Prevention

Tooth Decay Prevention

Tooth decay is a progressive disease resulting in the interaction of bacteria that naturally occur on the teeth and sugars in the everyday diet. Sugar causes a reaction in the bacteria, causing it to produce acids that break down the mineral in teeth, forming a cavity. Dentists remove the decay and fill the tooth using a variety of fillings, restoring the tooth to a healthy state. A large amount of decay can result in the tooth requiring a crown (a crown is also called a cap which covers the tooth and makes it stronger). Avoiding unnecessary decay simply requires adherence to a dental hygiene regimen: brushing and flossing twice a day, regular dental check-ups, diet control and fluoride treatment. Practicing good hygiene avoids unhealthy teeth and costly treatment.

Sealants

The grooves and depressions that form the chewing surfaces of the back teeth are extremely difficult to clean of bacteria and food. As the bacteria reacts with the food, acids form and break down the tooth enamel, causing cavities. Recent studies indicate that 88 percent of total cavities in American school children are caused this way.

Tooth sealants protect these susceptible areas by sealing the grooves and depressions, preventing bacteria and food particles from residing in these areas. Sealant material is a resin typically applied to the back teeth, molars and premolars and areas prone to cavities. It lasts for several years but needs to be checked during regular appointments.

Fluoride

Fluoride is a substance that helps teeth become stronger and resistant to decay. Regularly drinking water treated with fluoride and brushing and flossing regularly ensures significantly lower cavities. Dentists can recommend fluoride supplements usually in tablets or drops if your drinking water is found not to contain fluoride.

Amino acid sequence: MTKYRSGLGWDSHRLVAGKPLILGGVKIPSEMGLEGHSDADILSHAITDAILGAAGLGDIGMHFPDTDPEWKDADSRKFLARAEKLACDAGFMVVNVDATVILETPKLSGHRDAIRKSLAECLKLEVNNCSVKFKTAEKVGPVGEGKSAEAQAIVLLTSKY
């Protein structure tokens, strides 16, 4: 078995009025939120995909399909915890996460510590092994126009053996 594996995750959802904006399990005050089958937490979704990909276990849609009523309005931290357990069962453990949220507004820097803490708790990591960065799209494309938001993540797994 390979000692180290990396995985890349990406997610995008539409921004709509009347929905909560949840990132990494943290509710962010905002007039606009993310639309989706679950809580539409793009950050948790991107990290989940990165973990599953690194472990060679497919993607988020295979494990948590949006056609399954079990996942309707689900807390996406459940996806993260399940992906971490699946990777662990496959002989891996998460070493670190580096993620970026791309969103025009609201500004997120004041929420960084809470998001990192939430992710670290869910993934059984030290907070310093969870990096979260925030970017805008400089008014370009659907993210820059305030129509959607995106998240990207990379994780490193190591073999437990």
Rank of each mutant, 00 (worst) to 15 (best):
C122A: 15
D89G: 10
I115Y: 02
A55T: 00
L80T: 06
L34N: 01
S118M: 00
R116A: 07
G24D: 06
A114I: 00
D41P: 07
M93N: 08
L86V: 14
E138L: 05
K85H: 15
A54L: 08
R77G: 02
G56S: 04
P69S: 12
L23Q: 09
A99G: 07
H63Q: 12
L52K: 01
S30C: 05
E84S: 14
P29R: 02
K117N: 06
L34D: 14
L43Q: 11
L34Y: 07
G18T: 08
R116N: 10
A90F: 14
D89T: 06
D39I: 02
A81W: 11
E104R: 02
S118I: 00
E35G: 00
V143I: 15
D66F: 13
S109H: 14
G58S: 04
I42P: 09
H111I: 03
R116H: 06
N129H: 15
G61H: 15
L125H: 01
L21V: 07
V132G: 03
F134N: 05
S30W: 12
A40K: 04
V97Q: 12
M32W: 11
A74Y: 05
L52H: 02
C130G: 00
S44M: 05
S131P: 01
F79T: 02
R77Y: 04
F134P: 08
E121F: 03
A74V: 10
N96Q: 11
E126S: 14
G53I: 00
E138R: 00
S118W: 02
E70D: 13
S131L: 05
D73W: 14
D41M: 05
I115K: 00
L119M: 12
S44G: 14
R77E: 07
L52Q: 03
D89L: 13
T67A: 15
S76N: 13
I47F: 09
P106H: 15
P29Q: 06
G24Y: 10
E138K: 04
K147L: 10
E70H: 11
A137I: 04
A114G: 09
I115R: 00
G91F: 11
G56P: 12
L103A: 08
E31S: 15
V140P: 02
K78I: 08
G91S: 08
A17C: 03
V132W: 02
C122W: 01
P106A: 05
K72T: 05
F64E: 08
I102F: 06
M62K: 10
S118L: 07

Thumb Sucking

Sucking is a natural reflex that relaxes and comforts babies and toddlers. Children usually cease thumb sucking when the permanent front teeth are ready to erupt. Typically, children stop between the ages of 2 and 4 years. Thumb sucking that persists beyond the eruption of primary teeth can cause improper growth of the mouth and misalignment of the teeth. If you notice prolonged and/or vigorous thumb sucking behavior in your child, talk to your dentist.

Here are some ways to help your child outgrow thumb sucking:

  • Use a pacifier when they are an infant.
  • Don’t scold a child when they exhibit thumb sucking behavior; instead, praise them when they don’t suck his or her thumb.
  • Focus on eliminating the cause of anxiety – thumb sucking is a comfort device that helps children cope with stress or discomfort.
  • Praise them when they refrain from the habit during difficult periods.
  • Place a bandage on the thumb or a sock on their hand at night.